Leonard ‘Larry’ Nabisco, as por­trayed by co­me­dian Dicky J. Stock, plans to chal­lenge the in­cum­bent mayor in next year’s elec­tion.

Metro USA (Boston) - - FRONT PAGE - let­

Look out Marty Walsh — your 2017 re-elec­tion bid just got a whole lot harder. Or weirder, at the very least.

Bos­ton co­me­dian Dicky J. Stock is known for his in­ter­net-driven pub­lic­ity stunts. You might re­mem­ber him from the time he en­cour­aged his fans to de­mand that the MBTA Po­lice Depart­ment name its new K-9 of­fi­cer “Mr. Spaghetti” (they went with “Hunter”), or the time he started a (to be clear, false) ru­mor that WCVB re­porter Mike Beaudet drank his own pee.

But now the prankster is turn­ing his eye to pub­lic ser­vice — in a way. Stock, in the spirit of performance artists like Andy Kauf­man or Stephen Col­bert be­fore him, an­nounced plans for one of his ec­cen­tric on­line char­ac­ters to run for mayor this week.

Stock’s thou­sands of fol­low­ers are well-ac­quainted with the an­tics of his char­ac­ters Kim­berly Strubell, her “open-re­la­tion­ship boyfriend” Leonard “Larry” Nabisco and son, Kent Strubell. Each have their own Face­book pro­file and play with the dy­namic of Poe’s Law: the in­ter­net adage that bizarre par­o­dies are of­ten in­dis­tin­guish­able from the hon­est-to-God weirdos who also post on­line.

The co­me­dian first started toy­ing with fake Face­book pro­files by creat­ing Strubell, a play on a cer­tain kind of Mas­sachusetts stereo­type. Her blunt, brag­gado­cious, typo-laden posts are also meant to evoke that kind of un­com­fort­able Face­book friend we al­most all have: some­one from our dis­tant past, or with whom we have an oth­er­wise fleet­ing con­nec­tion, whose car wreck of a life we can now fol­low on­line thanks to so­cial me­dia.

Then came her boyfriend Nabisco, who Stock said presents as more of a clas­si­cally ab­surd char­ac­ter. His biography in­cludes a stint in the Coast Guard, writ­ing cred­its at Nick­elodeon and High­lights mag­a­zines, and later climb­ing the ranks at Build-a-Bear Work­shop to be­come a re­gional man­ager at the com­pany.

“Kim­berly Strubell is prob­a­bly about 30 peo­ple I know,” Stock said. “Larry is just silly.”

Silly or not, Stock said Nabisco is “very se­ri­ous” about his run for mayor, and Stock will be serv­ing as his cam­paign man­ager. And, of course, as an of­fi­cial cam­paign spokesman, on ac­count of Nab­sico be­ing a Face­book char­ac­ter.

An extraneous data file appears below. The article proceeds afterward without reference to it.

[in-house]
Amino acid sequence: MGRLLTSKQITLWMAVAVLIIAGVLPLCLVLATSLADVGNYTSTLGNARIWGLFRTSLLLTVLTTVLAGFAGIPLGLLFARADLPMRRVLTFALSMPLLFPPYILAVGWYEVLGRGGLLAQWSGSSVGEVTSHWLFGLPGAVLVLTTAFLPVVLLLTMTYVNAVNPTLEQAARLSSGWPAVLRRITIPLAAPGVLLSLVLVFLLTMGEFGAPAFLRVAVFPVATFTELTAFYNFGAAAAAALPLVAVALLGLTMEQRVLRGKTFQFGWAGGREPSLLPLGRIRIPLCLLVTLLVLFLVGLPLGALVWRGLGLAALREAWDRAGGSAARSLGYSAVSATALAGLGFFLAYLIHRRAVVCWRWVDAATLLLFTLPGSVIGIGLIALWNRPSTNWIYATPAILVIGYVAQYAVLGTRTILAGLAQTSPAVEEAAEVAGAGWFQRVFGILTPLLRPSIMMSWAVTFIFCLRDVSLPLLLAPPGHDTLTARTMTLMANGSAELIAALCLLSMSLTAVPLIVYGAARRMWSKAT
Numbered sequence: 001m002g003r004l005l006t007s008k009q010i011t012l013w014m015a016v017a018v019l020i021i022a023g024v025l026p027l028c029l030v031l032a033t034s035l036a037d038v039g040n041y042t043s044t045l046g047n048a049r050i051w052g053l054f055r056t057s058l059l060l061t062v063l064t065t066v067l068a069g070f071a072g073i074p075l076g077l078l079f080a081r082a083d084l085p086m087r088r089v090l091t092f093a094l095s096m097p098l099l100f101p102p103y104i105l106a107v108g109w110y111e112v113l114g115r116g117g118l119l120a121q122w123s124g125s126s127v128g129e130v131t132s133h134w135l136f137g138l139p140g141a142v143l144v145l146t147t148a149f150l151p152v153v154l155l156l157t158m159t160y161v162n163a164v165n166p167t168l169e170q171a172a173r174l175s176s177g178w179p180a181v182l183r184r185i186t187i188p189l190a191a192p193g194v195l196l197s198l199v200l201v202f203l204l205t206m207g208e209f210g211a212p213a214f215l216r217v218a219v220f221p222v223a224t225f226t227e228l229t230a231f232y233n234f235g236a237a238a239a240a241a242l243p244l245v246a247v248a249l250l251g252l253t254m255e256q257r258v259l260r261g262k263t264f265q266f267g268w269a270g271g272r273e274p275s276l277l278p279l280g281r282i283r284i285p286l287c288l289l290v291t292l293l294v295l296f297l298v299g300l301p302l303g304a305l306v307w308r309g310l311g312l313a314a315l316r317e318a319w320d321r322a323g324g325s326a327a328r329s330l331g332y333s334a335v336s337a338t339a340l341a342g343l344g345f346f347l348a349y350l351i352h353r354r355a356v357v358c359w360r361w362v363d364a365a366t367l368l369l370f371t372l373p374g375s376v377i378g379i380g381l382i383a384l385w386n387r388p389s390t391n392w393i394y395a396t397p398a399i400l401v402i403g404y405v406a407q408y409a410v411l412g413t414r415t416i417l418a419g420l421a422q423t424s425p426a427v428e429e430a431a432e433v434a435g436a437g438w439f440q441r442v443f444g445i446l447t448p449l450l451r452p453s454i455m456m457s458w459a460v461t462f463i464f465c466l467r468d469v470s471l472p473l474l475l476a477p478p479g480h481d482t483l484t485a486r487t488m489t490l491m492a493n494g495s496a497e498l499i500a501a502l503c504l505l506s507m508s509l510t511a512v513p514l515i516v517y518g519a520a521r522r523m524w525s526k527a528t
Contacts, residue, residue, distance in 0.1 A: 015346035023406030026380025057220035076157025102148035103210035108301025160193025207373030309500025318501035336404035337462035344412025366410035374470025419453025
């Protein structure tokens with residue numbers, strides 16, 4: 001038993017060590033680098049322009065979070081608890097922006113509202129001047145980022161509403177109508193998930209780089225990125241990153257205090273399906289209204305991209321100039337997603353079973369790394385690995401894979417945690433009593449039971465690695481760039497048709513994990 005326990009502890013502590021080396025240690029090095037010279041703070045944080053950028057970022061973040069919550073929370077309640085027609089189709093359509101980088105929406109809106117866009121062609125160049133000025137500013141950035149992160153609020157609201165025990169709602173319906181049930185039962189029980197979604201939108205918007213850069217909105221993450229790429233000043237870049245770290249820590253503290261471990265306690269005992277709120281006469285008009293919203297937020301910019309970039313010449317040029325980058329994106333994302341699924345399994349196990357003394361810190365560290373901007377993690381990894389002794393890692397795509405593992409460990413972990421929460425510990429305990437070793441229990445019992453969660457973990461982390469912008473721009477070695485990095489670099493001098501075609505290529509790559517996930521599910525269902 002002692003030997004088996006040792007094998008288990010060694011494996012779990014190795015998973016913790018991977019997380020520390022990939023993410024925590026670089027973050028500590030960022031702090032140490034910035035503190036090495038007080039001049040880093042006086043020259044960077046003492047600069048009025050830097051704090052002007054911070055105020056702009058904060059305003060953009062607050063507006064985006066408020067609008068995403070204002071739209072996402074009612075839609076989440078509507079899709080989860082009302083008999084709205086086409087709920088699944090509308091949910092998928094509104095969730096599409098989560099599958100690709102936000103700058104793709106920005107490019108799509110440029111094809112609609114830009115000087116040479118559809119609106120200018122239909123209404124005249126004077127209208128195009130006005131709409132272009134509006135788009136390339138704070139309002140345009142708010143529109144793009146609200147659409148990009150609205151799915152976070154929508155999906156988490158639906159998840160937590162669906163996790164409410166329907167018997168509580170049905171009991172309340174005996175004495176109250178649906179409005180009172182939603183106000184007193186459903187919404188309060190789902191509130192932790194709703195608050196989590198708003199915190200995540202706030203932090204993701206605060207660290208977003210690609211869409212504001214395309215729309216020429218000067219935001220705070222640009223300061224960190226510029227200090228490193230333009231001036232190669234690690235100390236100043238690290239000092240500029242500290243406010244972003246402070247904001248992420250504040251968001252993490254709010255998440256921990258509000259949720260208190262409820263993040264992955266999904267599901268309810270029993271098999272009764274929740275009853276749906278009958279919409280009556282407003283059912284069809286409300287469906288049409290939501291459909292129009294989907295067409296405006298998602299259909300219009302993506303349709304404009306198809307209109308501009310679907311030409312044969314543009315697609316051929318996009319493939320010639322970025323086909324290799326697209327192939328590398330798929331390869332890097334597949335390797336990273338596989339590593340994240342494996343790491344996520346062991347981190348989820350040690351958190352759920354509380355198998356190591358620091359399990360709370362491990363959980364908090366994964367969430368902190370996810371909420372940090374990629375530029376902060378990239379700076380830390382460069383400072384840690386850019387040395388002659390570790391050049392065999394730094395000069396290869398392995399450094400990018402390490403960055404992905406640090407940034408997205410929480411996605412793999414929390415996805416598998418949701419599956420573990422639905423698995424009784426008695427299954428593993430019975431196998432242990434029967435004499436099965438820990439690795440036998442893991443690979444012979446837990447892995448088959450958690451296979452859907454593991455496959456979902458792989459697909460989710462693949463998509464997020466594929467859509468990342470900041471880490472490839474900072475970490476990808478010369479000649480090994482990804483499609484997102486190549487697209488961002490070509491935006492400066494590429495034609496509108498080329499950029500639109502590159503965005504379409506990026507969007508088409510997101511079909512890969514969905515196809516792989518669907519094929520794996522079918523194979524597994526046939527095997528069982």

“You prob­a­bly won’t see much of him,” Stock ex­plained. “He’s a very pri­vate per­son. … If Mayor Walsh would like to de­bate, he can de­bate me.”

“Mr. Nabisco de­cided to run for mayor be­cause of the po­lit­i­cal cli­mate in Bos­ton right now,” Stock ex­plained. “I think it re­ally calls for some­one with his style of lead­er­ship to pull us out of the gut­ter we’re in right now.”

One area he’d tackle? The T. Stock said Nabisco would usher in a “re­nais­sance within the MBTA,” a feat his prospec­tive ad­min­is­tra­tion would ac­com­plish by “prob­a­bly get­ting rid of ev­ery­one that works at the MBTA.”

“Kind of like in a dic­ta­tor fash­ion, he’ll tell the trains where to go,” Stock said when pressed for specifics. “If they can’t do it, well — then that con­duc­tor gets fired.”

Stock said he has ev­ery in­ten­tion of mak­ing a se­ri­ous at­tempt to get on the bal­lot this year, even post­ing a video of him­self call­ing Bos­ton City Hall to in­quire about the process. To the em­ployee’s credit, he man­ages to keep it pro­fes­sional the whole time.

Stock will face a few hur­dles: aside from Nabisco not be­ing a real per­son, he is a res­i­dent of Rock­land — a town about 22 miles south of Bos­ton — which won’t pass the res­i­dency re­quire­ment. But Stock isn’t so sure. “Mr. Nabisco con­sid­ers Rock­land just as much a part of Bos­ton as Dorch­ester,” where Walsh lives, Stock said. “If [Nabisco] needs to live in Bos­ton, he can crash on my couch, and I live in All­ston.”

Your move, Marty.

Bos­ton co­me­dian Dicky J. Stock out­side of Bos­ton City Hall DEREK KOUYOUMJIAN, METRO

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